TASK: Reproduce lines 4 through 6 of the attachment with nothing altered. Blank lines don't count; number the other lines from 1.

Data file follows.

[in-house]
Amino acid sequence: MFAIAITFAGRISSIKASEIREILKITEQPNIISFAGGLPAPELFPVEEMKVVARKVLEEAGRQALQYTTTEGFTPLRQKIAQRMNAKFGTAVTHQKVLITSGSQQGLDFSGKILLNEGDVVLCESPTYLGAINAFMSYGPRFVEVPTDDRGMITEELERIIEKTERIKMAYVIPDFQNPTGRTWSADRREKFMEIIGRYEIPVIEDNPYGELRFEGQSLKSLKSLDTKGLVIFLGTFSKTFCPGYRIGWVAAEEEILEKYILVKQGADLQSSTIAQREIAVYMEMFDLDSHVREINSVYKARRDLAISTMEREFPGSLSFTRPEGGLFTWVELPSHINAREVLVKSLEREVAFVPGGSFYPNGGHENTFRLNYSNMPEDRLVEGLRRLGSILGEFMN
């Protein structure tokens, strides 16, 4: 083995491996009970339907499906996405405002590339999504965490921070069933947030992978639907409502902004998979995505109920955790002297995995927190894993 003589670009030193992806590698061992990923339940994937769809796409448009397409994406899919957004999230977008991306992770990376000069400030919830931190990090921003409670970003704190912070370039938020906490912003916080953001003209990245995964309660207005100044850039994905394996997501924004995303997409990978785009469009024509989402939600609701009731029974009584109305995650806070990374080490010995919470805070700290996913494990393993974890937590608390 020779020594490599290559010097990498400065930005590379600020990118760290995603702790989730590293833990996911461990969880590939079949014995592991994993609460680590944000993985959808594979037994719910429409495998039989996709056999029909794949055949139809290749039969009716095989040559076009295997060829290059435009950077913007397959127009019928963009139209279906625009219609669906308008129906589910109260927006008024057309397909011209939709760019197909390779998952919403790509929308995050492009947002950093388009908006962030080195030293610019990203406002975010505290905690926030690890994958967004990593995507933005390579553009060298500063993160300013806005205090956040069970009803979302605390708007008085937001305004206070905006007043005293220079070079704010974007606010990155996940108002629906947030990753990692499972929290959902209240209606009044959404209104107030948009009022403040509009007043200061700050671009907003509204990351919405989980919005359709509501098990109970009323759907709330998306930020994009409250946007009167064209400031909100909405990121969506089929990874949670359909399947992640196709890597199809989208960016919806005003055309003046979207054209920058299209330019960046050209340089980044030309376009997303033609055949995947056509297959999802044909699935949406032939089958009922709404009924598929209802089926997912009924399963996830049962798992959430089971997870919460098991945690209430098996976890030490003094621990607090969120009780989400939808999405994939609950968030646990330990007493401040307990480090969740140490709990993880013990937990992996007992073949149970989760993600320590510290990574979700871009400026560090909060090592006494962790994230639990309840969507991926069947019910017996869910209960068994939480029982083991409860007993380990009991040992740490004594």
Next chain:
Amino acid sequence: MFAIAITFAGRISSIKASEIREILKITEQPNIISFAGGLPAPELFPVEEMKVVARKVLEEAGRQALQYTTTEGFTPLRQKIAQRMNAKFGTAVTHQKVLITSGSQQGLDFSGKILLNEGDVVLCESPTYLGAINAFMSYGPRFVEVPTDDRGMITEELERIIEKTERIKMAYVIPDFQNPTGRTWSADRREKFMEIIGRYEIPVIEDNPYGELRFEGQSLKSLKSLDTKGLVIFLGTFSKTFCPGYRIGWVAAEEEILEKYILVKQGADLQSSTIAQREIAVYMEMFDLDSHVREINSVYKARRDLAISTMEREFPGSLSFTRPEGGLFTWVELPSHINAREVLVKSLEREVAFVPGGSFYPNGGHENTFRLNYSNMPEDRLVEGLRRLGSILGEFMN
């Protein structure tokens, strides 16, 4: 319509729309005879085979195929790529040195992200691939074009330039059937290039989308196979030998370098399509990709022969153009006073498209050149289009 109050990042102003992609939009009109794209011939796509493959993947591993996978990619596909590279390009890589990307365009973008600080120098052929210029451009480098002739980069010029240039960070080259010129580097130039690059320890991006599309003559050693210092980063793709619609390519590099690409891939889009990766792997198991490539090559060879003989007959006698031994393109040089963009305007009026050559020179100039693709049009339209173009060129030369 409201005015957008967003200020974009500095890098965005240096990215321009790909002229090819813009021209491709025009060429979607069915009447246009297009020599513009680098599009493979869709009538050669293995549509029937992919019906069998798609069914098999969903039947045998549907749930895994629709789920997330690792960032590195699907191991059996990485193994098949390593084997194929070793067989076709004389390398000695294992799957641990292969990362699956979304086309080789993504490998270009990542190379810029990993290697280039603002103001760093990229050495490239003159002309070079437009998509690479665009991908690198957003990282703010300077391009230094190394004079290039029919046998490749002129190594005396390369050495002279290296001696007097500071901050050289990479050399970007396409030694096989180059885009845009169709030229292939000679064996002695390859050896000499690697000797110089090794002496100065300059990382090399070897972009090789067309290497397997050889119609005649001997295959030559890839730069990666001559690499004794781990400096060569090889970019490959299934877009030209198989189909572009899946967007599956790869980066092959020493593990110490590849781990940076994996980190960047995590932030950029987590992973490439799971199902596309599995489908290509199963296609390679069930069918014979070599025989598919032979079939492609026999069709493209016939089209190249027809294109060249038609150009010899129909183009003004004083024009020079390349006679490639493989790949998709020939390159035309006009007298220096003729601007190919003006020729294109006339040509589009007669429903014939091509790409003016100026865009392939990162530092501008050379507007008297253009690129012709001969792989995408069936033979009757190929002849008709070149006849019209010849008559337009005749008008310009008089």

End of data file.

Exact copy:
Next chain:
Amino acid sequence: MFAIAITFAGRISSIKASEIREILKITEQPNIISFAGGLPAPELFPVEEMKVVARKVLEEAGRQALQYTTTEGFTPLRQKIAQRMNAKFGTAVTHQKVLITSGSQQGLDFSGKILLNEGDVVLCESPTYLGAINAFMSYGPRFVEVPTDDRGMITEELERIIEKTERIKMAYVIPDFQNPTGRTWSADRREKFMEIIGRYEIPVIEDNPYGELRFEGQSLKSLKSLDTKGLVIFLGTFSKTFCPGYRIGWVAAEEEILEKYILVKQGADLQSSTIAQREIAVYMEMFDLDSHVREINSVYKARRDLAISTMEREFPGSLSFTRPEGGLFTWVELPSHINAREVLVKSLEREVAFVPGGSFYPNGGHENTFRLNYSNMPEDRLVEGLRRLGSILGEFMN
């Protein structure tokens, strides 16, 4: 319509729309005879085979195929790529040195992200691939074009330039059937290039989308196979030998370098399509990709022969153009006073498209050149289009 109050990042102003992609939009009109794209011939796509493959993947591993996978990619596909590279390009890589990307365009973008600080120098052929210029451009480098002739980069010029240039960070080259010129580097130039690059320890991006599309003559050693210092980063793709619609390519590099690409891939889009990766792997198991490539090559060879003989007959006698031994393109040089963009305007009026050559020179100039693709049009339209173009060129030369 409201005015957008967003200020974009500095890098965005240096990215321009790909002229090819813009021209491709025009060429979607069915009447246009297009020599513009680098599009493979869709009538050669293995549509029937992919019906069998798609069914098999969903039947045998549907749930895994629709789920997330690792960032590195699907191991059996990485193994098949390593084997194929070793067989076709004389390398000695294992799957641990292969990362699956979304086309080789993504490998270009990542190379810029990993290697280039603002103001760093990229050495490239003159002309070079437009998509690479665009991908690198957003990282703010300077391009230094190394004079290039029919046998490749002129190594005396390369050495002279290296001696007097500071901050050289990479050399970007396409030694096989180059885009845009169709030229292939000679064996002695390859050896000499690697000797110089090794002496100065300059990382090399070897972009090789067309290497397997050889119609005649001997295959030559890839730069990666001559690499004794781990400096060569090889970019490959299934877009030209198989189909572009899946967007599956790869980066092959020493593990110490590849781990940076994996980190960047995590932030950029987590992973490439799971199902596309599995489908290509199963296609390679069930069918014979070599025989598919032979079939492609026999069709493209016939089209190249027809294109060249038609150009010899129909183009003004004083024009020079390349006679490639493989790949998709020939390159035309006009007298220096003729601007190919003006020729294109006339040509589009007669429903014939091509790409003016100026865009392939990162530092501008050379507007008297253009690129012709001969792989995408069936033979009757190929002849008709070149006849019209010849008559337009005749008008310009008089």